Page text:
Agustín Azkarate: “part of 16th century Basque history may well lie beneath Canada’s coastal mud and earth”
- The University of the Basque Country Unesco Chair on Cultural Landscapes and Heritage studies promising data on 16th century Basque presence on the Canadian coasts
Sergio Escribano-Ruiz is developing a new work on “the singular colonisation undertaken by Basque whalers”
“A large part of 16th century Basque Country history may well lie beneath the coastal mud and earth of Quebec, Labrador and Newfoundland in Canada as part of the singular colonisation of these lands by Basque cod and whale fishermen” said Agustín Azkarate, Director of the University of the Basque Country Unesco Chair on Cultural Landscapes and Heritage following the workshops run in recent weeks by Professor Sergio Escribano-Ruiz in the Canadian town of Red Bay, a former Basque whaling station on the Labrador coast, together with the Director of Red Bay, Cindy Gibbons, and the Heads of the Archaeology Department at the Memorial University of Newfoundland, Lisa Rankin and Amanda Crompton.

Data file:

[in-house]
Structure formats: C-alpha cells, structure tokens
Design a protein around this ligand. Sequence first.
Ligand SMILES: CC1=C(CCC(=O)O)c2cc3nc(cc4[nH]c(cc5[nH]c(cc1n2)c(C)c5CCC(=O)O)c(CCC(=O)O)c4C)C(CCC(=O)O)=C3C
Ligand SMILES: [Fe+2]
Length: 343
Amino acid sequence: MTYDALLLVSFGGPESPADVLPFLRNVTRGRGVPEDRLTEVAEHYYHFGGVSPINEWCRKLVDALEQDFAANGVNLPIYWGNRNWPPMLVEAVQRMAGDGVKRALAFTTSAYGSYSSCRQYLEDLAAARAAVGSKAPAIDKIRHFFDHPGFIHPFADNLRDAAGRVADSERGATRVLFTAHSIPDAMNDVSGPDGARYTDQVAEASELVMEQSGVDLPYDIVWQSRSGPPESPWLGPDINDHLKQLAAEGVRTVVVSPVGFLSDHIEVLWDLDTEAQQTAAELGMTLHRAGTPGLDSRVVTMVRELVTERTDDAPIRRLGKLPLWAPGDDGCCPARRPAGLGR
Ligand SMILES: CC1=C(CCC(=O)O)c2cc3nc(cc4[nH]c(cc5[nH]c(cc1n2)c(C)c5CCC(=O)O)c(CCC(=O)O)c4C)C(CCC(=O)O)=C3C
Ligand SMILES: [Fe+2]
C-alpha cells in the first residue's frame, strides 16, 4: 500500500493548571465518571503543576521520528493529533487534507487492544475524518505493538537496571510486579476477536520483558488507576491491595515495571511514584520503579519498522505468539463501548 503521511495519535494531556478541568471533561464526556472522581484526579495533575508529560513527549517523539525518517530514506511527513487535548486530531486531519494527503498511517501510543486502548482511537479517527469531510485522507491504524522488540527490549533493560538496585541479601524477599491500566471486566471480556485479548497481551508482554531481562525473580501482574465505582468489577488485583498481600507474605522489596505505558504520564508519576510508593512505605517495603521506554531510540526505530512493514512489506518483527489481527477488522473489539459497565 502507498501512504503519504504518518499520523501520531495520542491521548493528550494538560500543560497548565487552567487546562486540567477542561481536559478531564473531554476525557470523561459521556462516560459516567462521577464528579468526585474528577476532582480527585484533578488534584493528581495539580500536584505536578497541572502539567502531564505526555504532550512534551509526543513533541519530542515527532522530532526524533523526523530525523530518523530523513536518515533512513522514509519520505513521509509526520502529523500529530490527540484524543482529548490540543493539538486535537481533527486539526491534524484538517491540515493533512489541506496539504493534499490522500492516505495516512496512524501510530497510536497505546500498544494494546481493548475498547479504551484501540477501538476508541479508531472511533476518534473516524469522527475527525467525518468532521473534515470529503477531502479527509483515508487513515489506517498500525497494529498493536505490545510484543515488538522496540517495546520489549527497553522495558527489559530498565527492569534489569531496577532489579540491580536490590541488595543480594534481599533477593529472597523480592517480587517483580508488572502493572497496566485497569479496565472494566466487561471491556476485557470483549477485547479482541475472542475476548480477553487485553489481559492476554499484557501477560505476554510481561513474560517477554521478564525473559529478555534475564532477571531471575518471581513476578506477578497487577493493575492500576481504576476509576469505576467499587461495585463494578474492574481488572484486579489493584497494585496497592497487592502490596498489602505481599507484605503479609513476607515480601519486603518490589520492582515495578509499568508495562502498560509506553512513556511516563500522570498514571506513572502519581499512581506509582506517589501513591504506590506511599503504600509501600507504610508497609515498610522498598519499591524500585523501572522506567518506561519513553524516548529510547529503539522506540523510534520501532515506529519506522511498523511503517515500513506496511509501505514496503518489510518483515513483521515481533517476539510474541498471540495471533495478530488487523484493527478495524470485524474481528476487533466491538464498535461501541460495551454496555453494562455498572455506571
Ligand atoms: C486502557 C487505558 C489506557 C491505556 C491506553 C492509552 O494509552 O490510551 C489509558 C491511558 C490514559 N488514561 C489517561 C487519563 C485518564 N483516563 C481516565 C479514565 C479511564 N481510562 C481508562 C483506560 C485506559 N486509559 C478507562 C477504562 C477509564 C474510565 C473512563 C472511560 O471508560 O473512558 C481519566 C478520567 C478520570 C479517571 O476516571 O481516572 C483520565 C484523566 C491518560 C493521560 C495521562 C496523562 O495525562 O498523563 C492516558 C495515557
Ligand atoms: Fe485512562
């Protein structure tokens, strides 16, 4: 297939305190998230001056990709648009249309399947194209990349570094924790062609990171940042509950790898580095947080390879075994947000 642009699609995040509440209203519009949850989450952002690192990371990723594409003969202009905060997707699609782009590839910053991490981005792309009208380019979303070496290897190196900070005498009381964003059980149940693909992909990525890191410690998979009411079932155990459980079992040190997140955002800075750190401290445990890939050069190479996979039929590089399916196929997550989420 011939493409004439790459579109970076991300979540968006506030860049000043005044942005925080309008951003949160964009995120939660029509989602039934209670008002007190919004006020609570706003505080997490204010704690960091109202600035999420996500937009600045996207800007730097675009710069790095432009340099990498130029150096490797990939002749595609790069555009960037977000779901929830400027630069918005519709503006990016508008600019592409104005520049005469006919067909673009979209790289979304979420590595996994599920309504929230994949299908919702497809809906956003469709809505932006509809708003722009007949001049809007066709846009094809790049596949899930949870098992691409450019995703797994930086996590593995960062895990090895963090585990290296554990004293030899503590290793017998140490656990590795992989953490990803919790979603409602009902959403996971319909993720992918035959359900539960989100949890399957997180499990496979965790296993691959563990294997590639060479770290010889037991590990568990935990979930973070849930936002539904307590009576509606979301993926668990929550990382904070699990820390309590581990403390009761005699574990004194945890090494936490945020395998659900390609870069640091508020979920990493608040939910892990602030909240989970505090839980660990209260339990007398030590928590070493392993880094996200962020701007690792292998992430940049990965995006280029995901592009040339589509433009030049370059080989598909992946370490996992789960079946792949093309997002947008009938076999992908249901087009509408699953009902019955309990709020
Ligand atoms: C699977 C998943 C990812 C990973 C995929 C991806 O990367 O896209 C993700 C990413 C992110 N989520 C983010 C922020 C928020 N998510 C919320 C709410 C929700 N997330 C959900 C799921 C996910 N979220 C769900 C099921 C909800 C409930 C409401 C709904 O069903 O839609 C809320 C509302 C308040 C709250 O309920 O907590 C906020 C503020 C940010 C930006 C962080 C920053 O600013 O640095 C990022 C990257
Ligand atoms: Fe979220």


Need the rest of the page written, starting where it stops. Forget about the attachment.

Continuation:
During his stay on the Canadian Atlantic coast, the researcher Sergio Escribano-Ruiz made several inspections of open spaces, analysing ceramics, fishing elements and tools from the lives of those people in the 16th and 17th centuries in museums and thematic centres, in addition to making numerous contacts with Parcs Canada professionals to look at relations between the Basques and the Inuit (Eskimos) since the 16th century. He also catalogued the Basque ceramics found on the coast, “something which will in time offer eloquent data providing accurate information as to how the aforementioned colonisation by fishermen from Bizkaia, Gipuzkoa and Labourd took place, with consideration and respect, very different to similar situations in other parts of the world involving other peoples and societies”.
Azkarate believes that the work started in the seventies by Professor Selma Huxley Barkham “offers enormous future possibilities as regards learning many details of that Basque society which travelled to North America, how it related with the peoples who lived there based on respect and friendship, even going as far as to share a kind of pidgin language made up of forms of their mother tongues”.